Next Selwyn proceeds to identify the dominant ideologies of our present moment and of the technologies that define our moment. Referencing Andrew Feenberg, Selwyn suggests technologies are often rightly seen seen as sites of struggle between competing ideologies, and this view of them should also extend to digital realm. Selwyn sees our contemporary moment as underpinned by several key ideologies. One is libertarianism, a basic trust in the moral and political primacy of the individual and in North American context particularly their pursuit of individual self-interest. Libertarian ideology is basically humanist Selwyn suggests, having at it’s core a basic trust in the good of people, but also often tips in other directions. Liberatian ideas are heavily connected also to ideas about the power of technology, and extend into the digital as ‘cyber-liberalism’. Selwyn argues that ‘digital technology offers a ready canvas for various strains of libertarian thinking to be imagined and (in part) operationalized – in particular the privileging of the sovereign user and the principles of self-responsibilization and self-determination.’ The internet as a largely unregulated sphere of activity, exists as an example of this.
Next Selwyn discusses neo-liberalism, essentially an extension and updating of libertarianism but with a particular emphasis on consumer choice, free markets and private interest above communal activity or the interests of the state. Under this system every area of life becomes potentially subject to reorganisation along the lines of market principles. While neo-liberialsm is arguably the dominant ideology of our age, Selwyn suggests it is important to see it ‘an unfinished project seeking to remould the world in its image.’ Finally Selwyn discusses what he terms the new economy, a less clearly defined ideology articulated as the changing form of capitalism over recent decades away from Fordist models of production towards modern flexible, information based economies, the products of which are often immaterial in nature. In this new economy profit is gained from the production of knowledge and information, which is produced through a globally networked capitalism with the computer as the steam engine of the modern age. In turn these technologies help to colonise ever more areas of life as profit generators, including interpersonal communication, a transformation suggests Selwyn (quoting Antonio Negri) from the ‘mass worker’ of the factory to the contemporary ‘social worker’. As a result of this ‘the work skills of the new economy are based around skills and dispositions relating to multitasking, autonomy, creativity, ‘innovation’ and networked and cooperative forms of working, as well as malleability of working practices’.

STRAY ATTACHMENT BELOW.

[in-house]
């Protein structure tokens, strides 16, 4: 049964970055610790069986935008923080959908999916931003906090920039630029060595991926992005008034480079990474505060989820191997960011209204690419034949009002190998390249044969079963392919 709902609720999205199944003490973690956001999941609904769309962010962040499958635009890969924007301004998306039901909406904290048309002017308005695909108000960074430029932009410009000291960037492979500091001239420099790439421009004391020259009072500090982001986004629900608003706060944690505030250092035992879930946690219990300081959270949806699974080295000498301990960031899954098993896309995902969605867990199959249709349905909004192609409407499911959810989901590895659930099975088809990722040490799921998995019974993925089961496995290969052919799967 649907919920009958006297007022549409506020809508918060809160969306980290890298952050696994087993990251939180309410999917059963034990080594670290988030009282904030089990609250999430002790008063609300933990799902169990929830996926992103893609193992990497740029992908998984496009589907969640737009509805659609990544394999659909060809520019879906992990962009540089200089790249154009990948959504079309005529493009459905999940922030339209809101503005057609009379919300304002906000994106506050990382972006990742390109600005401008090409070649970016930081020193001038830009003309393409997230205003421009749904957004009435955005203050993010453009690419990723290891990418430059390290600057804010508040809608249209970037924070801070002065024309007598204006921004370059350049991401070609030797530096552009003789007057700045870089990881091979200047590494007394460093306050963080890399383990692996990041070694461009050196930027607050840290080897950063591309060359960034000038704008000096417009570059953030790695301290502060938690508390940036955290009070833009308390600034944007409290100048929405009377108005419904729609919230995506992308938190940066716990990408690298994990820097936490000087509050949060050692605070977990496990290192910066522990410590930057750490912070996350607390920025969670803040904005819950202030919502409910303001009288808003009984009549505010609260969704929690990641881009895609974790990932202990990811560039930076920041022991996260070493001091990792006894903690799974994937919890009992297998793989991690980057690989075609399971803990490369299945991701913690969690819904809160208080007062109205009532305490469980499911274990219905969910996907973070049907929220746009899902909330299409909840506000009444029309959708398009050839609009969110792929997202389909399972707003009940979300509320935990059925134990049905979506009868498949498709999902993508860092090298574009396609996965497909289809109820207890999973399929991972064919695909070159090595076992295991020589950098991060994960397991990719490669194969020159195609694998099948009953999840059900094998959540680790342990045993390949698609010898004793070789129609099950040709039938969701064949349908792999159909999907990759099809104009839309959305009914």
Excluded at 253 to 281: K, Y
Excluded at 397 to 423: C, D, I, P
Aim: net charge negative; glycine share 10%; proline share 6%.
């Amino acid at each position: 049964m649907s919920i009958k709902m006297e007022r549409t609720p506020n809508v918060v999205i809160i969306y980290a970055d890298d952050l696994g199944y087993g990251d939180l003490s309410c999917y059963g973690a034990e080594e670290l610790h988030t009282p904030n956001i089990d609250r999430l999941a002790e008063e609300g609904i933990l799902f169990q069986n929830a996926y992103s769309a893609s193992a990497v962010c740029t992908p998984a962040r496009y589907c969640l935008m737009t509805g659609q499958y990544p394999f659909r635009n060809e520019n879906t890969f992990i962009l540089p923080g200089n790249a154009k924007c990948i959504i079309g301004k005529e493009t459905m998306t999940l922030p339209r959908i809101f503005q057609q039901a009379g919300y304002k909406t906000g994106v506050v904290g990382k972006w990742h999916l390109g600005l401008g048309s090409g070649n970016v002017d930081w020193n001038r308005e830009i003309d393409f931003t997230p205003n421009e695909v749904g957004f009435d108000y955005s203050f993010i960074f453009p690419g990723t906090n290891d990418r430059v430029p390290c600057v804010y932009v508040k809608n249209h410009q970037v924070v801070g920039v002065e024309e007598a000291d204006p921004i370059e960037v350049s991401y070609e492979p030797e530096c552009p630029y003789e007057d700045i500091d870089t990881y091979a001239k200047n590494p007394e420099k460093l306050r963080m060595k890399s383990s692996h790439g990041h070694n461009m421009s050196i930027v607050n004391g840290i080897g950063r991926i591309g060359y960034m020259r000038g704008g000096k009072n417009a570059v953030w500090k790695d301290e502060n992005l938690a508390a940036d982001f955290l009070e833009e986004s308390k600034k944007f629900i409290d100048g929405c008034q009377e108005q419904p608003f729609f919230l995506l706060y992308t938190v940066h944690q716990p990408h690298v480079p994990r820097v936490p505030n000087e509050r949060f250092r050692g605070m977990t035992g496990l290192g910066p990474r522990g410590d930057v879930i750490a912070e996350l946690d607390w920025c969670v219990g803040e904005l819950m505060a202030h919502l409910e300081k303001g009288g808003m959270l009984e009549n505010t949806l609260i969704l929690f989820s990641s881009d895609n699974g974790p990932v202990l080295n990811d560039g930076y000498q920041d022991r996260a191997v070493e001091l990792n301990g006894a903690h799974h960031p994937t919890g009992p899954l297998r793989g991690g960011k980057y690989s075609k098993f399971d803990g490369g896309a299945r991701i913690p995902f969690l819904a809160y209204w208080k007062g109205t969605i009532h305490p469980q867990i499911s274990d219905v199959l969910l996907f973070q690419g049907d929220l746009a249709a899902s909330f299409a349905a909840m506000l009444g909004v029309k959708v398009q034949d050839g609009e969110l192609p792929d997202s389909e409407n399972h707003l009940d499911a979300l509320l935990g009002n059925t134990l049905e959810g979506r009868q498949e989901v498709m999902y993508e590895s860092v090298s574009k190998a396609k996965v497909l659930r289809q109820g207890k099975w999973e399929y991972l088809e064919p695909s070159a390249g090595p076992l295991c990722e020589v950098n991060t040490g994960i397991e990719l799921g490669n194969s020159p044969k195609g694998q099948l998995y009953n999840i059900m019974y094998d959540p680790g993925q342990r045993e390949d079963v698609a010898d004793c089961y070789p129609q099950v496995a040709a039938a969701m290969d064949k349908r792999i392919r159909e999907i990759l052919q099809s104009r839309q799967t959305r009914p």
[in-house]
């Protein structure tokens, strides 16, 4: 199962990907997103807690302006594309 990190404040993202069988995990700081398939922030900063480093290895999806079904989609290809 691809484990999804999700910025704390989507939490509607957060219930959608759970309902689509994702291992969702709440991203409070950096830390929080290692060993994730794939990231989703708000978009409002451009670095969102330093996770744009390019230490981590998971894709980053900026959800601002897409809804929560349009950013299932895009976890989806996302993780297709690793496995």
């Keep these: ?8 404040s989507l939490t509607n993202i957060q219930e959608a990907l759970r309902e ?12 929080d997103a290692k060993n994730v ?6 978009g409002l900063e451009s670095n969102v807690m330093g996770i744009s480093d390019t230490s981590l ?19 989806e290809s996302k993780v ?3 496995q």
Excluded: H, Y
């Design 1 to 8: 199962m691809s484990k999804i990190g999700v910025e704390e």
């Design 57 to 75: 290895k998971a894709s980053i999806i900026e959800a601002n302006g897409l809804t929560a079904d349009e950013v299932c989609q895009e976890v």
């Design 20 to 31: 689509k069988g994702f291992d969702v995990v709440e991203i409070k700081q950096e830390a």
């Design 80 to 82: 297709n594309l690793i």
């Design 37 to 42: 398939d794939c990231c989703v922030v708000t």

Next Selwyn argues we should see educational technology itself in terms of the ideologies that give rise to and promote it. In doing so he acknowledges that ‘it is difficult at first glance to see educational technology as entwined with any aspect of the dominant ideologies just described. Yet, as was noted earlier, one of the core characteristics of hegemony is the ability of dominant ideologies to permeate commonsensical understandings and meaning.’ Selwyn identifies five key ideologies within educational technology. The first, learner centered learning is maybe the most obviously pedagogical, and reflects that the origins of much interest in educational technologies is in a progressive ideal for education designed to better meet the needs of learners. He suggests that ‘this approach frames digital technology as a key means of providing learners with enhanced access to sources of knowledge and expertise that exist outside of their immediate environment.’ Equally it ties to aspirations for education to be dispersed, non-authoritarian and autonomous. In this sense educational technology is sometimes seen as a so-called ‘trojan mouse’ intended to introduce agendas and ideas into the institution which might be difficult in the traditional classroom (although Selwyn also questions the extent to which technology is really necessary to realize these subversive goals).